Does the Church need to Change?
I’ve recently started reading Reverend Richard Coles’ new novel Murder before Evensong. The Canon Daniel Clement is the Rector of Champton St Mary. He moved to the sleepy parish of Champton from a busy inner city London parish, and eight years into his incumbency he proposes that the church really needed a lavatory installed. On the proposal of a lavatory during a Sunday morning service, the following interaction occurs.
“We must adapt or die, Dora.”
“Sometimes we must stay the same or die, Rector.”
I had a giggle at this, but Reverend Coles raises an important and difficult issue facing the contemporary Anglican Church. In Britain at least, we are in danger of dying out if we don’t change something. Many of us will have seen the statistics produced by Dr John Hayward, a mathematician based at the University of South Wales. His bleak findings show that if church numbers continue to decline the Church in Wales will die out by 2038 followed by the Church of England in 2085. When we are faced with these numbers it is certainly not something to laugh about, but rather we realise that we must change to ensure that our Church grows and thrives – We cannot stay the same!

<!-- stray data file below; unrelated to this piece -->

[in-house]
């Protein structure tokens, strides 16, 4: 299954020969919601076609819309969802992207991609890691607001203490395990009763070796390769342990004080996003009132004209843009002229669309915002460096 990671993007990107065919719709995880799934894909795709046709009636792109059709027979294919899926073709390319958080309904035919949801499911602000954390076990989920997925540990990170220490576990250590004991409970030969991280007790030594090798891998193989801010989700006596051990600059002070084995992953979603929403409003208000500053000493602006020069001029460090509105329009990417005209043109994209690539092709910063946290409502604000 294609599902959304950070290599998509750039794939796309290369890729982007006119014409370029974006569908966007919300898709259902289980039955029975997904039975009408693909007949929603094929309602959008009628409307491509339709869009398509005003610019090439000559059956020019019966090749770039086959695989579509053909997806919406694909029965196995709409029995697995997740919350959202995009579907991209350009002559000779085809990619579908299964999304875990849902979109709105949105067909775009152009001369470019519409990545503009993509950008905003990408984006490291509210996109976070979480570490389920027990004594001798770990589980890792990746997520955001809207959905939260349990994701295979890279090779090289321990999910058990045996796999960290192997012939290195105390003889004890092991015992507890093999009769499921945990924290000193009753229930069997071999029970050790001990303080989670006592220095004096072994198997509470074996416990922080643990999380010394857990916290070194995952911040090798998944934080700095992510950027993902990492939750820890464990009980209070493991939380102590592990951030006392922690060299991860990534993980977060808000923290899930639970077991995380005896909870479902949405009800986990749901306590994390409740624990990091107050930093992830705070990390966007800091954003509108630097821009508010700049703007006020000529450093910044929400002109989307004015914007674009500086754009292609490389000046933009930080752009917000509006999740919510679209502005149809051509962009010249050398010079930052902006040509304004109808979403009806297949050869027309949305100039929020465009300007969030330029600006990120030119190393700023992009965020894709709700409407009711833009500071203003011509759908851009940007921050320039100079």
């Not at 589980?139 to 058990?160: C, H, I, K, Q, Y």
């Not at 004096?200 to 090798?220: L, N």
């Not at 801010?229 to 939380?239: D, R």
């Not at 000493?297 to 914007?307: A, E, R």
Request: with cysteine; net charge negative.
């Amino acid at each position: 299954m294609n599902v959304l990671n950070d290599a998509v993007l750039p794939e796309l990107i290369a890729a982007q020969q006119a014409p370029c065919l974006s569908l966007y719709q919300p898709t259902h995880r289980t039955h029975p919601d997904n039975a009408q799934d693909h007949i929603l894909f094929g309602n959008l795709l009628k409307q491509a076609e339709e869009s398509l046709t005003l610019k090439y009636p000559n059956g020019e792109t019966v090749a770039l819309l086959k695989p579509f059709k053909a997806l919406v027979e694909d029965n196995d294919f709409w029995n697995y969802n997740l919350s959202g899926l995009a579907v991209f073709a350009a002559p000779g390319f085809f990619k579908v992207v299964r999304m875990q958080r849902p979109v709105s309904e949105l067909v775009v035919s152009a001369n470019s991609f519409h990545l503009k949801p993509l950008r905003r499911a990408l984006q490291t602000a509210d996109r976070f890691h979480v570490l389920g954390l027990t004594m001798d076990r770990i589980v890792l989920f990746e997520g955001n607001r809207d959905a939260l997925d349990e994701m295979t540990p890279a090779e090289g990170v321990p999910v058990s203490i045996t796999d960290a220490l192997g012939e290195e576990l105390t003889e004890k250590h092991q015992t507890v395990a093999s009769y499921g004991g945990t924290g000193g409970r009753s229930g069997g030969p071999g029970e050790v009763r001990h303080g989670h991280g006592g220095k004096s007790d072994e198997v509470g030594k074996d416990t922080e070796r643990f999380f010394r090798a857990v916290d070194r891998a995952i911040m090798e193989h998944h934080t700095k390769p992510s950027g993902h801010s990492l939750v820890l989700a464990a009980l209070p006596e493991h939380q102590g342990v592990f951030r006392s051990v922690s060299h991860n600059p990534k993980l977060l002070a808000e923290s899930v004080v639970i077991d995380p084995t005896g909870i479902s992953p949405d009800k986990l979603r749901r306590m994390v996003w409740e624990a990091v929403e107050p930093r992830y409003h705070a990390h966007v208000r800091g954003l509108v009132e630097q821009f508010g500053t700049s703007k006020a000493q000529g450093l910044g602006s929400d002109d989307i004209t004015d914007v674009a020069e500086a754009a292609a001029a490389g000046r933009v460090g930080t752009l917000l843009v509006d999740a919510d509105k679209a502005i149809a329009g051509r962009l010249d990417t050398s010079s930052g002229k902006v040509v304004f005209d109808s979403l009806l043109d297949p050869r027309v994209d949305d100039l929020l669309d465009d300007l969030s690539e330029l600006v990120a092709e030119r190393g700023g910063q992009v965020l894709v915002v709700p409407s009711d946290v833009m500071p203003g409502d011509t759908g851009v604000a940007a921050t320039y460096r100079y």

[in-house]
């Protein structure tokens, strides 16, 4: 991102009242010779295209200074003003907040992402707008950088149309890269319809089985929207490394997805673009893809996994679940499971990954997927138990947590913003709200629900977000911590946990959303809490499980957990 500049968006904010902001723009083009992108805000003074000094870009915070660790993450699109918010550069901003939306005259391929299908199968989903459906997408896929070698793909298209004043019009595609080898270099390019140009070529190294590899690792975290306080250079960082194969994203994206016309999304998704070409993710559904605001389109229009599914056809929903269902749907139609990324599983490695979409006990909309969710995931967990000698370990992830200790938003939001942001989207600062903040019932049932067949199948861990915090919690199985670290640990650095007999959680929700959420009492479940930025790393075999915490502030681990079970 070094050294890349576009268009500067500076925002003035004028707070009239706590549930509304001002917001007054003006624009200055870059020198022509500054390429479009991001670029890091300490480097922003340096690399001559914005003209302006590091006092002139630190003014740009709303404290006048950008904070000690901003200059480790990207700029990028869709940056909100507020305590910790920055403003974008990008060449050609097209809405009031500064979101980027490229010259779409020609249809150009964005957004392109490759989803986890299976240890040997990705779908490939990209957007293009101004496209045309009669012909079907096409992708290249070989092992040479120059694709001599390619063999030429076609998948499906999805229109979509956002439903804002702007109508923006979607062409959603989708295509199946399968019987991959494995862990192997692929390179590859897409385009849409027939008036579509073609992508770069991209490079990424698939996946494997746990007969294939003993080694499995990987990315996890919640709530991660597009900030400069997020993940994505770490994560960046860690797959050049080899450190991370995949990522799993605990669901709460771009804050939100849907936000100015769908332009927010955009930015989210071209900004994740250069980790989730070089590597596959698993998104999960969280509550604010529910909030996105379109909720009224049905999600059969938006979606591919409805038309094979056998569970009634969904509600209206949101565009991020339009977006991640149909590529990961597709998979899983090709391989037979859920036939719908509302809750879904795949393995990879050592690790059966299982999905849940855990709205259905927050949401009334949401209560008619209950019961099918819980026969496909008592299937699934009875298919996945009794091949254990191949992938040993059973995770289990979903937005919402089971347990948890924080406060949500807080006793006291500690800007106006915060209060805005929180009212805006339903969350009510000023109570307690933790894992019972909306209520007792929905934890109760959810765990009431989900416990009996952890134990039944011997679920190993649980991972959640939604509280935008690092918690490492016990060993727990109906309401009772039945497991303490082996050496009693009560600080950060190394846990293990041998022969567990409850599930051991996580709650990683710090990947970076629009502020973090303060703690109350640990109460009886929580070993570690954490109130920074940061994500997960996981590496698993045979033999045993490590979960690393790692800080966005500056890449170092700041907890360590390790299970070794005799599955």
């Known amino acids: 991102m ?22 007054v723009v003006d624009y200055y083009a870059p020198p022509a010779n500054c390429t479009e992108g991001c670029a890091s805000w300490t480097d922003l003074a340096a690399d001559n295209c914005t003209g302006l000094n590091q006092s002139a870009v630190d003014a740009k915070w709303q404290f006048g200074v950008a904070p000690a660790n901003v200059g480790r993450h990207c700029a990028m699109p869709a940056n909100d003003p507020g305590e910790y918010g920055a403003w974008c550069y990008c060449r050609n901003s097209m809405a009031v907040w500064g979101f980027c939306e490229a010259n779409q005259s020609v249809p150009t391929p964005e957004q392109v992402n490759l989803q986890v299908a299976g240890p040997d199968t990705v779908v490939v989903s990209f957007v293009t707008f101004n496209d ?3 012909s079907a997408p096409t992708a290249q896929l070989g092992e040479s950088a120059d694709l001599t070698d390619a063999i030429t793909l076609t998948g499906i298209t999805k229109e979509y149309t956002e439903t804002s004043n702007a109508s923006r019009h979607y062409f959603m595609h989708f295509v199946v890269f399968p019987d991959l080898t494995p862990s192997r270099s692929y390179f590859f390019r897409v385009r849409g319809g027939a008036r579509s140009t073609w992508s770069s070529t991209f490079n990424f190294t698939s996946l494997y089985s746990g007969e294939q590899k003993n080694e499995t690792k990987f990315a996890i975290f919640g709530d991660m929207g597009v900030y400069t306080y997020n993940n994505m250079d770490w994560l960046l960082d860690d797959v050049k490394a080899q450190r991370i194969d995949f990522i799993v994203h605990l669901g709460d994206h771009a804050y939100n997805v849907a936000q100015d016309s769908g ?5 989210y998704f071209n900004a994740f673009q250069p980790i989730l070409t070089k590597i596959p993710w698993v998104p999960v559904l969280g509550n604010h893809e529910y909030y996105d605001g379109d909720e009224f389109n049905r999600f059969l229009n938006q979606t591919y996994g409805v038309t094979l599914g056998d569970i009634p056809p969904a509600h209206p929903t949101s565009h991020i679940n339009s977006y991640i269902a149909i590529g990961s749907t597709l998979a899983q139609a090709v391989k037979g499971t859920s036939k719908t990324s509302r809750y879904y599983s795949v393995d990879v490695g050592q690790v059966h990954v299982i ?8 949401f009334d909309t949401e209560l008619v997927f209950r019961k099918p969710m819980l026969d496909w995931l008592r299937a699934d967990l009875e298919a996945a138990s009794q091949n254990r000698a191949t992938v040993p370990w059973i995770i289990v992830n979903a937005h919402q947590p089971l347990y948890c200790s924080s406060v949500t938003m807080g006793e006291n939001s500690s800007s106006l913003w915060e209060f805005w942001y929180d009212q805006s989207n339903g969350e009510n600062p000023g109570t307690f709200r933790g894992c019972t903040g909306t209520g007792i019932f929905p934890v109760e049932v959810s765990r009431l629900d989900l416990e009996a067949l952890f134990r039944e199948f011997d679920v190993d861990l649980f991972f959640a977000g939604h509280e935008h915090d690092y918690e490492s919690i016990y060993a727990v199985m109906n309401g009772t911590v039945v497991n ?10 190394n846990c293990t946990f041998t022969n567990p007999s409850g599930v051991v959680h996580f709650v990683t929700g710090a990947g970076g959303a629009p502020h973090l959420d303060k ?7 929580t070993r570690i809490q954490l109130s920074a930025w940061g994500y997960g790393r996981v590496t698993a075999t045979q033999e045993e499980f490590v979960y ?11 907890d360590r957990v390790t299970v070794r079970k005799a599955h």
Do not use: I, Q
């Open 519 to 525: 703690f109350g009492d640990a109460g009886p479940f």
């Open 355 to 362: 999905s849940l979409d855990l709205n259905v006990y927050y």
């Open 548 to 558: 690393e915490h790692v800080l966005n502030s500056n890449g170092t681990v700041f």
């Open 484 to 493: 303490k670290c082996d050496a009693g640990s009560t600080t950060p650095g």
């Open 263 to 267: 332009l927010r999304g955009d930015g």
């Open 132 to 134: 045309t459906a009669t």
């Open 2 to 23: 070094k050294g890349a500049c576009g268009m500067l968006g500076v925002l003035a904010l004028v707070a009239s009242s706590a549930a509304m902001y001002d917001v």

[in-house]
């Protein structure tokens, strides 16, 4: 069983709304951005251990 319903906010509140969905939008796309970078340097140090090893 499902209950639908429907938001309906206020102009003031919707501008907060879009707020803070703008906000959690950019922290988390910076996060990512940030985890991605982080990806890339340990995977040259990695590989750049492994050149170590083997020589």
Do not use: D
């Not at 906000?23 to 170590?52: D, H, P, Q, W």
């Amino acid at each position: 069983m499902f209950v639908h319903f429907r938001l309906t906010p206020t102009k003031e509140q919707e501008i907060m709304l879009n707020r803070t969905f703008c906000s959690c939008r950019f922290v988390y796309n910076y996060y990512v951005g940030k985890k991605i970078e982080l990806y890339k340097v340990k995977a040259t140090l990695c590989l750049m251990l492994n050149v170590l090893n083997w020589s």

Being particularly interested in the New Testament, I often turn to its pages to seek inspiration and think of my now long lost WWJD bracelet. Although Jesus does not offer us the answers to rectify our situation, his approach may offer us some encouragement. Jesus came proclaiming great change – “[He] came to Galilee proclaiming the good news of God, and saying, ‘the Kingdom of God has come near, repent and believe in the good news’” (Mark 1:14-15). Jesus’ aim was to bring about universal change, and throughout his ministry, he began this trajectory through a series of small actions. He healed, he taught, and he performed miracles. The takeaway from this, I think, is that we can bring about great change, we can revive our Church in Wales by each contributing small actions to bring about change, and together we might bring about that great change for our Church.
Dr Elizabeth Corsar